Help me with these fraudulent charges on my card. Citi won’t.

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By Christopher Elliott

After reporting several fraudulent charges on her Costco Citi Card, Jeanne Vaul gets a new card. But Citi won’t reverse the fake charges. What’s going on?


I need your help with several fraudulent charges on my Costco Citi Card. I reported the charges as soon as I saw them. Citi locked the card and sent me a new one. But when I tried to activate the new card, I received a message that someone had already used the new card. 

I reported the problem to Citi. It locked the new card and sent me another one. The second card didn’t work either. The third card worked — except that the charges for $613 were still on the bill. 

 My husband handled the dispute by phone, so there is no paper trail. We received a denial and immediately appealed. We have not heard back from Citi yet. We’d like to receive credit for the fraudulent charges. Can you help us? — Jeanne Vaul, Williamsburg, Va.


The fraudulent charges were obviously not yours. Whoever stole your card went on a spending spree, ordering pay-per-view and takeout meals. A halfway-skilled investigator could have figured out that these weren’t your charges with a simple phone call — or by looking at your previous spending patterns.

It’s far more likely that there was some kind of electronic hiccup when you asked for a replacement card. And I think I know what happened. I’ll tell you in a minute.

You did the right thing by disputing your credit card bill immediately. I outline the correct steps for a chargeback in my guide to credit card disputes. I also have executive contacts at Citibank that you could have used. (Related: Is it safe to buy travel through Costco?)

Here’s what went wrong with this Citi credit card dispute

So what went wrong? In your denial letter, Citi says, “We previously reached out to you regarding your disputes, but since we didn’t receive the information we needed, we had to continue our investigation with the information we had available. Unfortunately, this information wasn’t sufficient to resolve the dispute in your favor and your dispute has been closed.”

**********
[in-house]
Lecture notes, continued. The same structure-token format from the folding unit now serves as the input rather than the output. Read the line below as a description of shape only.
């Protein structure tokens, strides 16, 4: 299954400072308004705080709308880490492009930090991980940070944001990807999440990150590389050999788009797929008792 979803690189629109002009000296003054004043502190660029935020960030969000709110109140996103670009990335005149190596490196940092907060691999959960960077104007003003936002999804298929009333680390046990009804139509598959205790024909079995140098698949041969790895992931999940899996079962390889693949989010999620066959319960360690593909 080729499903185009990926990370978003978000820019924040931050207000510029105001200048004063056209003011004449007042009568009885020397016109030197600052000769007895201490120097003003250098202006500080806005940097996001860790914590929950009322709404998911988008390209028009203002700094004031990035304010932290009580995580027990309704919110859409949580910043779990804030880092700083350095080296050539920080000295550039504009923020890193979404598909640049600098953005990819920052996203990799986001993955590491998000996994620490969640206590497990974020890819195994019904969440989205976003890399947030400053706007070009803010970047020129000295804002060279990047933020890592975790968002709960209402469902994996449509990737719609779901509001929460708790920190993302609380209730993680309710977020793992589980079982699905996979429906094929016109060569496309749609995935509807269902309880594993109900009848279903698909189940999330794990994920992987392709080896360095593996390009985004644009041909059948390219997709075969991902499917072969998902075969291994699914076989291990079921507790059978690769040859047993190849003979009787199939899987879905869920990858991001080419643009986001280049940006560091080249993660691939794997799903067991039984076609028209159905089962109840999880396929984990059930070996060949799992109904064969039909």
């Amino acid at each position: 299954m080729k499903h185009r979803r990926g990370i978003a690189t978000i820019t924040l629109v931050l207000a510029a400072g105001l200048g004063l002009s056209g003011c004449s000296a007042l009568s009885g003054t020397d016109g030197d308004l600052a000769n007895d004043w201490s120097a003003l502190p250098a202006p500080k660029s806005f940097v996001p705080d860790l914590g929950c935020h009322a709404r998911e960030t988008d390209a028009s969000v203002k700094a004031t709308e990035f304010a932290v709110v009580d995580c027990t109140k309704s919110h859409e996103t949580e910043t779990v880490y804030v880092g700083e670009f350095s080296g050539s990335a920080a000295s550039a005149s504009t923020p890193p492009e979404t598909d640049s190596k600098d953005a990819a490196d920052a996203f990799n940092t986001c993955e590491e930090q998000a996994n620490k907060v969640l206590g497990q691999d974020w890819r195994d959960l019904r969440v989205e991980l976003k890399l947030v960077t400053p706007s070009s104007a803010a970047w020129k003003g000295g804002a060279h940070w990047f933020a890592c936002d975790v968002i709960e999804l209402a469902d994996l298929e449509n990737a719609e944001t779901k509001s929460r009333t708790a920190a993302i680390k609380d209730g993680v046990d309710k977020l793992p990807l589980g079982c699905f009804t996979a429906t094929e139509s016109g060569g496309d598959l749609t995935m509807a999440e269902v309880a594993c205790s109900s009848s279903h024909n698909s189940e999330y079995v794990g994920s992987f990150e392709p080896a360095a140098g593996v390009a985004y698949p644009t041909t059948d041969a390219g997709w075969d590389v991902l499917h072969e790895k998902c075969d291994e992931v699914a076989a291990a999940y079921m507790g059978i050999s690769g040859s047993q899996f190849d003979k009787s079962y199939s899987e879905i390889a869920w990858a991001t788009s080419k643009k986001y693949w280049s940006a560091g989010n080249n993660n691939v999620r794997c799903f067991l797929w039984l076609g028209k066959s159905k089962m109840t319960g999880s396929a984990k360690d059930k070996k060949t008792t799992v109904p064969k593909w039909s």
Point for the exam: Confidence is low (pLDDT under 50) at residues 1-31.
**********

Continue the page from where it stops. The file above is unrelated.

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But you did not receive any inquiry from Citi. You say you spoke with the bank several times by phone, but no one mentioned a problem with your dispute. 

Citi should have made a better effort to reach out to you and get the information it needed to complete your chargeback. If I had to guess, I would say it handed your dispute to an AI, which may have neglected to send you an email or letter asking for the additional information. It may have also been behind those non-working replacement cards. (Related: Is your credit card safe at cruising altitude?)

Why do I think it’s an AI? If you’ve spent any amount of time talking to an AI, you know that it easily forgets facts that you give it.

My advice: During a credit card dispute, keep all of your correspondence in writing. Don’t do anything over the phone, since there will be no written record of the conversation. 

You reached out to my advocacy team and I contacted Citi on your behalf. You finally received an email from the bank and provided it with the information it needed to process your refund. Citi refunded you in full for the fraudulent purchases.

About this story

Credit card disputes are so automated these days that cases like this are inevitable. Our advocacy team has been receiving a lot of similar problems from our readers. If anything, they’re a reminder that you can’t take humans out of the customer-service equation — at least, not yet. This story was researched by Christopher Elliott and Dwayne Coward, written and fact-checked by Christopher Elliott, edited by Andy Smith and his team and illustrated by Dustin Elliott. If you have a credit card dispute case that seems hopeless, please let my team know. We’re happy to help.

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Christopher Elliott

Christopher Elliott is the founder of Elliott Advocacy, a 501(c)(3) nonprofit organization that empowers consumers to solve their problems and helps those who can't. He's the author of numerous books on consumer advocacy and writes three nationally syndicated columns. He also publishes the Elliott Report, a news site for consumers, and Elliott Confidential, a critically acclaimed newsletter about customer service. If you have a consumer problem you can't solve, contact him directly through his advocacy website. You can also follow him on X, Facebook, and LinkedIn, or sign up for his daily newsletter.

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